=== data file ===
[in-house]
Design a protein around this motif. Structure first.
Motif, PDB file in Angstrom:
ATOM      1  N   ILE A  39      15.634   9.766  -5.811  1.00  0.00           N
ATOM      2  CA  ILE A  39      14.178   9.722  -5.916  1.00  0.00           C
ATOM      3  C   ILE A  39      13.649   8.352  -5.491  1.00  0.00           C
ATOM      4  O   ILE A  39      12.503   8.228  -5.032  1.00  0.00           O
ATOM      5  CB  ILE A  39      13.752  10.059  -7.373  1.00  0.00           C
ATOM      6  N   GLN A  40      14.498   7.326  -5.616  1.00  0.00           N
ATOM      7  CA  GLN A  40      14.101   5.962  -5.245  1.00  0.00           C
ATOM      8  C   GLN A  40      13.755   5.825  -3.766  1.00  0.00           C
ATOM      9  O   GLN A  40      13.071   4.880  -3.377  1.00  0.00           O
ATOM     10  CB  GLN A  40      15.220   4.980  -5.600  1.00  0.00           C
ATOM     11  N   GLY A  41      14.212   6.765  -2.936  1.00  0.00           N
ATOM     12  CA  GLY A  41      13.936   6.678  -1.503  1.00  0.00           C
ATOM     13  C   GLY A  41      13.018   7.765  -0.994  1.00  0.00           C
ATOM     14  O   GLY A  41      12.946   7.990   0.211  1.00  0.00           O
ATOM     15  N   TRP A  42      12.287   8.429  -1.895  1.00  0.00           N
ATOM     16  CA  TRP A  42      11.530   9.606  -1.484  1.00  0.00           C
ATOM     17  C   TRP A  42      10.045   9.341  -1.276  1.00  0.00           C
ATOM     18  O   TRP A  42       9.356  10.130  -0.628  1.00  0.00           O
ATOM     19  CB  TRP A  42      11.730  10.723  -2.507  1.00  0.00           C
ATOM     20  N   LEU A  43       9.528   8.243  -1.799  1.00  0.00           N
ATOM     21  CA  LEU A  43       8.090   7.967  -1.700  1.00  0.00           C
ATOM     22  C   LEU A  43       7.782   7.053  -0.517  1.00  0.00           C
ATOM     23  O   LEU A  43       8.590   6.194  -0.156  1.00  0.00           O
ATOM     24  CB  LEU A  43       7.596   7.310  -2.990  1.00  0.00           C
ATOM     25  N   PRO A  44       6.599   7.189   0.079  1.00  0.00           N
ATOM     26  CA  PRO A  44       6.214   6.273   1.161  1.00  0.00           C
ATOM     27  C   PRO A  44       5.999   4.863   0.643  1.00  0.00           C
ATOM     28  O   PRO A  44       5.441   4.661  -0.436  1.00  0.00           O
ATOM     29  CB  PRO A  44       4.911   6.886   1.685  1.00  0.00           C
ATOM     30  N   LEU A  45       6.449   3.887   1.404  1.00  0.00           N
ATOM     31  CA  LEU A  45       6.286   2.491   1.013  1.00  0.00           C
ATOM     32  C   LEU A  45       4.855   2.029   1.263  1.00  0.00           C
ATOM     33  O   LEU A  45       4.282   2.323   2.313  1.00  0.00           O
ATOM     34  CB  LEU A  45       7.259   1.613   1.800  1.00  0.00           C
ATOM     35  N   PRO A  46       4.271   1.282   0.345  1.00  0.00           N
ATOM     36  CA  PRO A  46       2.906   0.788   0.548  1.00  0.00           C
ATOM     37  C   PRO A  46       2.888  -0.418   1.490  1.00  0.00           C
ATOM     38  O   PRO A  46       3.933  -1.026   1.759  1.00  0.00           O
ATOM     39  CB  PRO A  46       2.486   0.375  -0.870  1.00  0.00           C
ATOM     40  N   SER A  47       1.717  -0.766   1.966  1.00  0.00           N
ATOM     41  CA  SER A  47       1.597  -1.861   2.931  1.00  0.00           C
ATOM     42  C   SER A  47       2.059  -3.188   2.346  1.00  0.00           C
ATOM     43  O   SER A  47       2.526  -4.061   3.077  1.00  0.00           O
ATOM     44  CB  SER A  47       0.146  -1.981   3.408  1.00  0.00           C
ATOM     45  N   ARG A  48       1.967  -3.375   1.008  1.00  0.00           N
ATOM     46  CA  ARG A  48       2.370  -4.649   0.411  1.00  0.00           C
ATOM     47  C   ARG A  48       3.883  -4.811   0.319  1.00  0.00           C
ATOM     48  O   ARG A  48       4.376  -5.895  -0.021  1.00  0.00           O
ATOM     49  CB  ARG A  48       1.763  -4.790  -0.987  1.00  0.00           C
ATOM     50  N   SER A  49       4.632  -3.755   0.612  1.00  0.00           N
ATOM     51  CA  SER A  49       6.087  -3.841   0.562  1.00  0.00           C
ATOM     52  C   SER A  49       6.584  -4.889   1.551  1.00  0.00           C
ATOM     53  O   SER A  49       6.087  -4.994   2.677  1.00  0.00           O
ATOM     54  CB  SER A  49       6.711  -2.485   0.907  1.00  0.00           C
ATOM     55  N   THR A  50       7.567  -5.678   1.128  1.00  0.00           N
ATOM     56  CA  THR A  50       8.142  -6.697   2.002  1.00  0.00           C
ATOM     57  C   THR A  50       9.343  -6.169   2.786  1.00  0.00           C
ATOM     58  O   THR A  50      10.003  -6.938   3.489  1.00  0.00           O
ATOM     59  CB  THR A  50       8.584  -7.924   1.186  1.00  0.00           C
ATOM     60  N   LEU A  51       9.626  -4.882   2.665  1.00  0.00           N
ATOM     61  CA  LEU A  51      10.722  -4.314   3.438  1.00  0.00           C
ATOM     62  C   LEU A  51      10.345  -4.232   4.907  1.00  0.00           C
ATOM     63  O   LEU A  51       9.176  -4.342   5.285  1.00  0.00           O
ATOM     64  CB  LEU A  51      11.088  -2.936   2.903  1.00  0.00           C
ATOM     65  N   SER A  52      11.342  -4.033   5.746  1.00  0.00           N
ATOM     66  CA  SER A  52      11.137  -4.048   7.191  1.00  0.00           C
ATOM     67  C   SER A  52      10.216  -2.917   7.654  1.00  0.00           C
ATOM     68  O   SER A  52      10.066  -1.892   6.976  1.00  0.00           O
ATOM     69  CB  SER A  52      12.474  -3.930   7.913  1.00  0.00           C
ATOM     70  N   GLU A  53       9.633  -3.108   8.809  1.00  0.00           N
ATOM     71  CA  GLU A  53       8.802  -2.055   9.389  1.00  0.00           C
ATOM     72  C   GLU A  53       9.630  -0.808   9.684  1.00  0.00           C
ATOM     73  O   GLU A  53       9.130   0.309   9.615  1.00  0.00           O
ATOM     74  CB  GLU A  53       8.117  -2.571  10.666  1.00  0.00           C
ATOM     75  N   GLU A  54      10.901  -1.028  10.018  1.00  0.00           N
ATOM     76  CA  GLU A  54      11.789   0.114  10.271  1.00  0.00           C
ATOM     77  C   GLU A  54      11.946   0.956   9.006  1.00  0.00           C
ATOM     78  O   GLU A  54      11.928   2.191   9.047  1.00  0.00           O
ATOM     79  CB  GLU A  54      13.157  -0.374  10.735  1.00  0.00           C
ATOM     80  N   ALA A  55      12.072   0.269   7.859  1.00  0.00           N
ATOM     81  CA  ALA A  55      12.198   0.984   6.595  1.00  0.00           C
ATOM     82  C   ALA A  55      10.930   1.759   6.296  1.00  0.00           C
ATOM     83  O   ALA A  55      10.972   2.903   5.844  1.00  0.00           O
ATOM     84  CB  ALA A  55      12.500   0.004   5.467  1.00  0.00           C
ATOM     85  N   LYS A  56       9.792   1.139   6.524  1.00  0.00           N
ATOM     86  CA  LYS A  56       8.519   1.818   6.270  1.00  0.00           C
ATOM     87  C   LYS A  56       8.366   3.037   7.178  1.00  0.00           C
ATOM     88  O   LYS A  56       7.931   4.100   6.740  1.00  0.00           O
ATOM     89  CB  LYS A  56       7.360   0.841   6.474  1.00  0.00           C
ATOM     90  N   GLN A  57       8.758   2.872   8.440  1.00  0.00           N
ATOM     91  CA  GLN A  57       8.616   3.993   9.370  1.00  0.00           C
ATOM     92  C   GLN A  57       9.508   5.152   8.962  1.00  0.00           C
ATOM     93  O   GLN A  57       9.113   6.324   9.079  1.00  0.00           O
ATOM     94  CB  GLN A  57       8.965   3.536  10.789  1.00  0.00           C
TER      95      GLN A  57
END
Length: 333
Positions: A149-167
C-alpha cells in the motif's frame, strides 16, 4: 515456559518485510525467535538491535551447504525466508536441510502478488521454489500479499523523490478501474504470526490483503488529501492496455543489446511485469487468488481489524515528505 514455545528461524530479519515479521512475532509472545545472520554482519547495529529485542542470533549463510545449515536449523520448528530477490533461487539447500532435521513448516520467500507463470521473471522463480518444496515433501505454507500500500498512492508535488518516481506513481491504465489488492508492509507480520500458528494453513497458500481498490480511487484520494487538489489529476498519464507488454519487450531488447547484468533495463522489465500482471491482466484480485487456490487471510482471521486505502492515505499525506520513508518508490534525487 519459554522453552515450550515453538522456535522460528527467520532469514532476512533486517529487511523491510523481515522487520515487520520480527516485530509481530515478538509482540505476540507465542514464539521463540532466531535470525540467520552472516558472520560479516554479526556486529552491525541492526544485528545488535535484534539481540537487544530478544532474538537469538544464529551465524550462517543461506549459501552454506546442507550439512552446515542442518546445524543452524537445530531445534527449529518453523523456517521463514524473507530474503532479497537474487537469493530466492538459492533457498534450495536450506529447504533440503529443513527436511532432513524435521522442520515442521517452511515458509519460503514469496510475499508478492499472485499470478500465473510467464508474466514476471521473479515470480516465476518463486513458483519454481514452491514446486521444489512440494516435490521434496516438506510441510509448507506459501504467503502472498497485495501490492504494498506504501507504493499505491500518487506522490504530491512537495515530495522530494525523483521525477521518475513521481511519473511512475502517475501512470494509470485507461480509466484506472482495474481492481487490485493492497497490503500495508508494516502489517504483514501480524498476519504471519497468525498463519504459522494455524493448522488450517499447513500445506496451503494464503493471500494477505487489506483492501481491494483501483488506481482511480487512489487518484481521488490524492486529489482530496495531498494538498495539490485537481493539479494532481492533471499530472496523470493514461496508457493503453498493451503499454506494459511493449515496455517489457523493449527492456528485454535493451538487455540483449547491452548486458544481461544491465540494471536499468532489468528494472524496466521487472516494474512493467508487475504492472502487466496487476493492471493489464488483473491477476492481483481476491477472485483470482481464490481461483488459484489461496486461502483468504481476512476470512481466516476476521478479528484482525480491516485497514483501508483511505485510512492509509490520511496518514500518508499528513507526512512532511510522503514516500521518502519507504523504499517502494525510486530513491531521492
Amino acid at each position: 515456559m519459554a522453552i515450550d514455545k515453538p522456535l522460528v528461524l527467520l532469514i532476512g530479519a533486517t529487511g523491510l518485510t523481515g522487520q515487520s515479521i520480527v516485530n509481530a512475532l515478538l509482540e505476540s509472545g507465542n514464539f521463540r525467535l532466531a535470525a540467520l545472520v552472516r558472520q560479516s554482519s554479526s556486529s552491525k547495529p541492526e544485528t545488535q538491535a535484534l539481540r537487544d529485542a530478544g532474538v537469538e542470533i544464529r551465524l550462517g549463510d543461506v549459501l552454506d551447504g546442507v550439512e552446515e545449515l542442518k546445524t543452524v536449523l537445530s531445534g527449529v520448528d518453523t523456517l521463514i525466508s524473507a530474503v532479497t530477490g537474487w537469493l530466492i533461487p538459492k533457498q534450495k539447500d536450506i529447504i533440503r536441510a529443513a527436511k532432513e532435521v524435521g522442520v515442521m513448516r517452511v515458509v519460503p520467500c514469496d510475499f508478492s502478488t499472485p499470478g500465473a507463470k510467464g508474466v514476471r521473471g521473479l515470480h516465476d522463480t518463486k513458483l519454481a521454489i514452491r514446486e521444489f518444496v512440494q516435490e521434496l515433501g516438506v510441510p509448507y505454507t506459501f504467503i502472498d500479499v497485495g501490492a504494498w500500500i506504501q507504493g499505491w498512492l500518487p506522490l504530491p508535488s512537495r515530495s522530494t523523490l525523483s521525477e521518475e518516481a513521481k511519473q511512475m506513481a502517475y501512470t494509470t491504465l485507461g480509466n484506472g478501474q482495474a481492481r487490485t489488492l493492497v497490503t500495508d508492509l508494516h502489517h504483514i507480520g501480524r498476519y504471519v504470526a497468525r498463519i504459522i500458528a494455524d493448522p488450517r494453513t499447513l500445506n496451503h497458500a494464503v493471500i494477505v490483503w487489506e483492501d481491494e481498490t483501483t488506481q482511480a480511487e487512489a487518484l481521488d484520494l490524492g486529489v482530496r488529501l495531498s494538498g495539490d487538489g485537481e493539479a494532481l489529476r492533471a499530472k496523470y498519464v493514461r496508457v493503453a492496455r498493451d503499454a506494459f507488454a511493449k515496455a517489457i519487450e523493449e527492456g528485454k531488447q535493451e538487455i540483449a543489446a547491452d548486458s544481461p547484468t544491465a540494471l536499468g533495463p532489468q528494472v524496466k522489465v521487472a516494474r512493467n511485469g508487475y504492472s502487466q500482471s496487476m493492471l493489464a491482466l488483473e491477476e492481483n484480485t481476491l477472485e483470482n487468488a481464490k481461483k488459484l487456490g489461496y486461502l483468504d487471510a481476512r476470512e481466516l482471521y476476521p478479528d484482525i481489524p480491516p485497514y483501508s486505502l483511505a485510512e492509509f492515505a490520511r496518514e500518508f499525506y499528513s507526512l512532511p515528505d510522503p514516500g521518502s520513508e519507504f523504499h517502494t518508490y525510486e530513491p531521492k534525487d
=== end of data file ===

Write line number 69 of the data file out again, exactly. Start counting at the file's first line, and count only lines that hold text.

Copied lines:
ATOM     66  CA  SER A  52      11.137  -4.048   7.191  1.00  0.00           C